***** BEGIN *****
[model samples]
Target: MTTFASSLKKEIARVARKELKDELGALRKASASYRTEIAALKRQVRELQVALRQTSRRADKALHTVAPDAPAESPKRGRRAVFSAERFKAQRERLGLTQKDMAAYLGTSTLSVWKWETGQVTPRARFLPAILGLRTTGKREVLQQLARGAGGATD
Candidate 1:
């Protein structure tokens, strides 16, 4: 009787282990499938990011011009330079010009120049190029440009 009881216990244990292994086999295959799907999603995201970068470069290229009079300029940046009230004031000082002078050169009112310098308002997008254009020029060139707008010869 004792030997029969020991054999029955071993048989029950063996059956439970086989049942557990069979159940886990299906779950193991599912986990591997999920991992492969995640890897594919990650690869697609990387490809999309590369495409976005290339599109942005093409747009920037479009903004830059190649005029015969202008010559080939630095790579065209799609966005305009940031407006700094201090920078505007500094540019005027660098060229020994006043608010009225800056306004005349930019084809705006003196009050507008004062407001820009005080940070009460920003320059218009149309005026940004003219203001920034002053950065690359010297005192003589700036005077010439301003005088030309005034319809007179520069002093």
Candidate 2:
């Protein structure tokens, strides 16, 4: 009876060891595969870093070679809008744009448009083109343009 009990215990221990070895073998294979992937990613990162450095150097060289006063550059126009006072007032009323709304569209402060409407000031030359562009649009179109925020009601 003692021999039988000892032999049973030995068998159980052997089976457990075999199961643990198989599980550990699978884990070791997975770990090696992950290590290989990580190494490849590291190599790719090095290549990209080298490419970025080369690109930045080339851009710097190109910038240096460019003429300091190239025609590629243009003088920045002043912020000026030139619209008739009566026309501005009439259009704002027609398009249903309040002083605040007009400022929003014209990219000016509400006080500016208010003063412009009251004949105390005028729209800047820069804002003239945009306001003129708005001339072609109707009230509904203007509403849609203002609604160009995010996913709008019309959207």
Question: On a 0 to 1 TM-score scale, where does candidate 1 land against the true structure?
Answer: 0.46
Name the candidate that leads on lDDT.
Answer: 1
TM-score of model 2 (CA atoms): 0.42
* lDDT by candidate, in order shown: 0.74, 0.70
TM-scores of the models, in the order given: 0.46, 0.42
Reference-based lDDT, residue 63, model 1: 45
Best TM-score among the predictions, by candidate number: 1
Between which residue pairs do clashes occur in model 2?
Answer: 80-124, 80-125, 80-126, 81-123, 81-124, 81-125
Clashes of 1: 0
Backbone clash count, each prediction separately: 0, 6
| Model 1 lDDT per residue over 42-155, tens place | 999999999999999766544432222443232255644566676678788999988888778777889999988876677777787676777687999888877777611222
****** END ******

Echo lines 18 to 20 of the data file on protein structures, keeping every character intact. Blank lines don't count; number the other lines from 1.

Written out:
Clashes of 1: 0
Backbone clash count, each prediction separately: 0, 6
| Model 1 lDDT per residue over 42-155, tens place | 999999999999999766544432222443232255644566676678788999988888778777889999988876677777787676777687999888877777611222